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Grantmaking for women and girls

Mar 05, 2010

Accelerating Change for Women and Girls: The role of Women’s Funds, a resource guide produced by The Foundation Center and Women’s Funding Network seeks to provide an overview of concepts and strategies in international fundraising for organisations benefiting women and girls.

Accelerating Change for Women and Girls: The role of Women’s Funds

Publisher: The Foundation Center, 2009

In recent years interest in philanthropy for and by women has intensified, accompanied by a growing acceptance of the theory that philanthropic investments in women and girls can accelerate positive change in communities. To understand this evolution in thinking and practice within philanthropy, the Foundation Center partnered with the Women’s Funding Network, a global movement of women’s funds and foundations, to chart the current landscape of philanthropy focused on women and girls and document the specific role played by women’s funds.

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The first women’s funds were established in the 1970s by women who saw that few mainstream philanthropic dollars were specifically targeted at women and girls. They created vehicles to redress the imbalance and provide a new “gender lens” on philanthropy.

Some thirty years later, not only has the number of women’s funds grown rapidly (with the Women’s Funding Network now counting some 145 member funds worldwide), but—arguably as a direct result—the gender lens principle is gaining increasing traction in the wider philanthropic field.

The first women’s funds were established in the 1970s by women who saw that few mainstream philanthropic dollars were specifically targeted at women and girls. They created vehicles to redress the imbalance and provide a new “gender lens” on philanthropy. Some thirty years later, not only has the number of women’s funds grown rapidly (with the Women’s Funding Network now counting some 145 member funds worldwide), but—arguably as a direct result—the gender lens principle is gaining increasing traction in the wider philanthropic field.

Women’s funds operate by making strategic investments in women’s leadership and organisations. They aim “to spearhead social change by giving women the money and tools to transform their ideas into permanent reform—from combating poverty, human trafficking, and domestic violence to achieving advances in health care, education, and human rights.”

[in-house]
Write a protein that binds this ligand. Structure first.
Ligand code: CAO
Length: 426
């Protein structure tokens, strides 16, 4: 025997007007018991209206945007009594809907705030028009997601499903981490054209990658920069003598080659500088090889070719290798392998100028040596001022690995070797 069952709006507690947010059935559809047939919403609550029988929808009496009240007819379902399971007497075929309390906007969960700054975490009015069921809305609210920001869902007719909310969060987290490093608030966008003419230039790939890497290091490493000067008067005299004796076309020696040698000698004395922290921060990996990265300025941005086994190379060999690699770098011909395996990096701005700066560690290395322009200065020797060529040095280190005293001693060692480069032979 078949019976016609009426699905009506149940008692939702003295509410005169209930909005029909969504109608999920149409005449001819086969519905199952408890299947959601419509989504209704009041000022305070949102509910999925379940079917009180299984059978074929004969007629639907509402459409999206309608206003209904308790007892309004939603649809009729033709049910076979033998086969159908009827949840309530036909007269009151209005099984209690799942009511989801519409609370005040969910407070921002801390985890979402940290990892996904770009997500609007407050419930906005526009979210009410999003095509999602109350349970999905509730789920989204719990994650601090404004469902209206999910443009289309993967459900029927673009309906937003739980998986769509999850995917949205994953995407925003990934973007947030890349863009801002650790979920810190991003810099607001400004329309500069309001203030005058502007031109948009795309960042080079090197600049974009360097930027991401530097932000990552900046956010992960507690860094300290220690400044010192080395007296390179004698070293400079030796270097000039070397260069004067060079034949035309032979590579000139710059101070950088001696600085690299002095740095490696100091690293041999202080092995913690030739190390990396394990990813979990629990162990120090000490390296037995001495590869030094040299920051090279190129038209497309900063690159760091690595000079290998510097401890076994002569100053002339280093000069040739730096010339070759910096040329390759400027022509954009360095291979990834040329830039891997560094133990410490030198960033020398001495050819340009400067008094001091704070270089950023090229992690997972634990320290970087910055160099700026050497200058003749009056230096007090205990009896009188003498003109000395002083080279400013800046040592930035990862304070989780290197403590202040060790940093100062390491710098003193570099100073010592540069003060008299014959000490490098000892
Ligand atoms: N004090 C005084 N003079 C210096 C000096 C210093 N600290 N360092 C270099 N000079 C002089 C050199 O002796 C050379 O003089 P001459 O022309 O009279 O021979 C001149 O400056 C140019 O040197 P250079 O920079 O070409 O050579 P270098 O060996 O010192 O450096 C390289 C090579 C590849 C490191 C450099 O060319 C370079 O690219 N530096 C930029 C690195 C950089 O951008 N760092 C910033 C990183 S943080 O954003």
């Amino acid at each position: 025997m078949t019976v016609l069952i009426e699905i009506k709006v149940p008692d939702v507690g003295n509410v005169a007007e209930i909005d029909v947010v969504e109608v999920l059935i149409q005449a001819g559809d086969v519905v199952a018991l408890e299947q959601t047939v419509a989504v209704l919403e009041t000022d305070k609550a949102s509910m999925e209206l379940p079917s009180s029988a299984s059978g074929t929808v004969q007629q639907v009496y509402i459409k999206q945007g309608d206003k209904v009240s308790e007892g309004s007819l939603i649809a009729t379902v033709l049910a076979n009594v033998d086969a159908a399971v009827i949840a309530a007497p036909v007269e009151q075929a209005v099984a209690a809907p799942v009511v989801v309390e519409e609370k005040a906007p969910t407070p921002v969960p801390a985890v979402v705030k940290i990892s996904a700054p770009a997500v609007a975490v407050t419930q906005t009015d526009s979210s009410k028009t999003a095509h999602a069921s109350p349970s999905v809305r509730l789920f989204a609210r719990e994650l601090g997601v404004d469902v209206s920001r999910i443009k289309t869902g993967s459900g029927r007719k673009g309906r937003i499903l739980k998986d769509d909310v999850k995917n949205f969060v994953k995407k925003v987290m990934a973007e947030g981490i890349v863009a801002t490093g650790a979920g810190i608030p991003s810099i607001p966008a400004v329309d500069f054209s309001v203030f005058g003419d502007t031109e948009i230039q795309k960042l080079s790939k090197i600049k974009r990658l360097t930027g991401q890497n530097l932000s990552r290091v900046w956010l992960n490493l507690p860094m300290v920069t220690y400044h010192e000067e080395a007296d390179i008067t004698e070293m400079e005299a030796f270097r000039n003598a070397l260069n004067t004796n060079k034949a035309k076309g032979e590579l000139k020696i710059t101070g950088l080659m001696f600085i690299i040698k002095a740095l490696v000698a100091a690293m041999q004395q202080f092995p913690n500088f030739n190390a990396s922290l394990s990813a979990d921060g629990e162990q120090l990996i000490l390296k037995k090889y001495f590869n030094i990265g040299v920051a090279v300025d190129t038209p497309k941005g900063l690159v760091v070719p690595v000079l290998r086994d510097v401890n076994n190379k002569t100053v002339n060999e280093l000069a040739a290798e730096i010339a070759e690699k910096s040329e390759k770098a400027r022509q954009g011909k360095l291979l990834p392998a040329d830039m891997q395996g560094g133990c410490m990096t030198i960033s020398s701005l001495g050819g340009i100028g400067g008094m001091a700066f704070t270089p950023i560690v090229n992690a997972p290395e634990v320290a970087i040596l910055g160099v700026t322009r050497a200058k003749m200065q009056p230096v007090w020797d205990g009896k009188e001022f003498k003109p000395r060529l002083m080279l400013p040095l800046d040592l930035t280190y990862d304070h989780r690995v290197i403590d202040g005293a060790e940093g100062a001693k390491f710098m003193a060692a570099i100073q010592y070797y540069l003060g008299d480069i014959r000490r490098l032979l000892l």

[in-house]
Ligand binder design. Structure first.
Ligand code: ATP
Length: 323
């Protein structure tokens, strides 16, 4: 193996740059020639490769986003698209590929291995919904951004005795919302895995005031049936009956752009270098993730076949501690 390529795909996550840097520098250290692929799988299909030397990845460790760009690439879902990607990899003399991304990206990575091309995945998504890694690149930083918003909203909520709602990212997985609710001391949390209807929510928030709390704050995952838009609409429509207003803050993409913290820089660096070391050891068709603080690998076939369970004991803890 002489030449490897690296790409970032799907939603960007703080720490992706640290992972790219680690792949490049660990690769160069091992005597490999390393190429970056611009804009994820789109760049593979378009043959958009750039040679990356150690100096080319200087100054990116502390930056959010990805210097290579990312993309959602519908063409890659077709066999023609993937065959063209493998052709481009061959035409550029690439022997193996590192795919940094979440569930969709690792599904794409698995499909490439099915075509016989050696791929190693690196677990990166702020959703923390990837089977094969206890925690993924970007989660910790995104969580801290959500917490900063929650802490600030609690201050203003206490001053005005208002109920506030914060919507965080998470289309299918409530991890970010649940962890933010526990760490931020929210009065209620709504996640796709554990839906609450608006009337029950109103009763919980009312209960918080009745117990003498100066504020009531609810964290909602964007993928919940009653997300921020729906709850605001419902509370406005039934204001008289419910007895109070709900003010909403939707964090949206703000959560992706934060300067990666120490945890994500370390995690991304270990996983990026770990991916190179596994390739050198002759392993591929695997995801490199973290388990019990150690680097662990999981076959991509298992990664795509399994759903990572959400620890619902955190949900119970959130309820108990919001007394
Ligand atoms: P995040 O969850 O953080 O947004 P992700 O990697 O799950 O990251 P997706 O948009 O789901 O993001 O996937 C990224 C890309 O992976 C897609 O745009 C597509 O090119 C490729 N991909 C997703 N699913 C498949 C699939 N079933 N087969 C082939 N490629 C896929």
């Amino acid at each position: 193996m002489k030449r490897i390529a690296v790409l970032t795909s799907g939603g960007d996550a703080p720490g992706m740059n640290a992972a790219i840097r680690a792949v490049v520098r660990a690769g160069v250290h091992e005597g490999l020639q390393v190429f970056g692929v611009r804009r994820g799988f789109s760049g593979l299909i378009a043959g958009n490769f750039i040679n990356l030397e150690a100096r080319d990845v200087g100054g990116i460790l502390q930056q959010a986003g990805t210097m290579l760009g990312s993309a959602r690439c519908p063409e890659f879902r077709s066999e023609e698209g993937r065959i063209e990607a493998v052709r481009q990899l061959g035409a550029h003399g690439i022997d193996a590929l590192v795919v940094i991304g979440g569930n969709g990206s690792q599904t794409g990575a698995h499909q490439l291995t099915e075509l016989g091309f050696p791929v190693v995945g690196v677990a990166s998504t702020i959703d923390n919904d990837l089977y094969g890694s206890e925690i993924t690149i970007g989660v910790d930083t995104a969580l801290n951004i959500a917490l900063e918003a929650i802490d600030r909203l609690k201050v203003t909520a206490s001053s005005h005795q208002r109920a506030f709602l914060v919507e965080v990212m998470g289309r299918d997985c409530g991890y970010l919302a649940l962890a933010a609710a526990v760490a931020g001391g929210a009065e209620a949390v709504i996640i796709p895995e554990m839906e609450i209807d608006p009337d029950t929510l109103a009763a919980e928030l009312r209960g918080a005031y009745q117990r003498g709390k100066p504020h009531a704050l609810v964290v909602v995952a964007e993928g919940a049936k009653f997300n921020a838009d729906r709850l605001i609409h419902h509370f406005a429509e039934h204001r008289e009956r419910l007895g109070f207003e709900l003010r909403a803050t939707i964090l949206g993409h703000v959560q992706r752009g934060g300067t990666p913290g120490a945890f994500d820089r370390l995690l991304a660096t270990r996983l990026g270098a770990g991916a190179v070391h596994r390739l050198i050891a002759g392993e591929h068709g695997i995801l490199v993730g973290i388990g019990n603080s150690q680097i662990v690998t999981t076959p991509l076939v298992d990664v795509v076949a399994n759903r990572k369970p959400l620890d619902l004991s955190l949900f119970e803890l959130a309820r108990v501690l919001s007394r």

Many function as both fundraisers and grantmakers, amassing and investing resources for the benefit of women and communities. Through their membership of the Women’s Funding Network, many of these funds work together and leverage their status as a movement, combining ideas, reach, and best practices. Member funds of the Network have collective total assets of over $465 million, disburse an estimated $60 million a year in grants, and leverage millions more through their wider relationships and connections.

In addition to reviewing the characteristics of women’s funds, this report highlights key trends in the field of funding for women and girls and examines the important role played by the Women’s Funding Network in shaping, animating, and optimising women’s funds’ distinctive brand of philanthropy.

This report represents the first Foundation Center study to focus exclusively on grantmaking for women and girls. It is also the Center’s first collaboration with the Women’s Funding Network. The report consists of three sections:

Chapter 1 sets the stage for a detailed examination of women’s funds by exploring the broader context of institutional support for women and girls. It analyses the growth of giving since 1990 and the distribution of funding in 2006.

Chapter 2 documents the dimensions and growth of a set of U.S.-based women’s funds between 2004 and 2006. It also examines the giving patterns of a subset of leading women’s funds, presents information on women’s funds based in community foundations in the United States, and highlights the work of women’s funds around the globe.

Chapter 3 focuses on the role of the Women’s Funding Network and its members in social change philanthropy, building on Women’s Funding Network data and analysis. It highlights critical issues facing women’s funds, including growth, sustainability, and non-grantmaking activities, based on findings from an international survey of women’s funds. It explores how women’s funds distinguish themselves from other philanthropic vehicles. It also delineates how a network structure has created multiple points of leadership and innovation, facilitating more powerful individual and collective action. Finally, it assesses women’s funds’ collective agenda and strategy for the future.

Source : ReliefWeb
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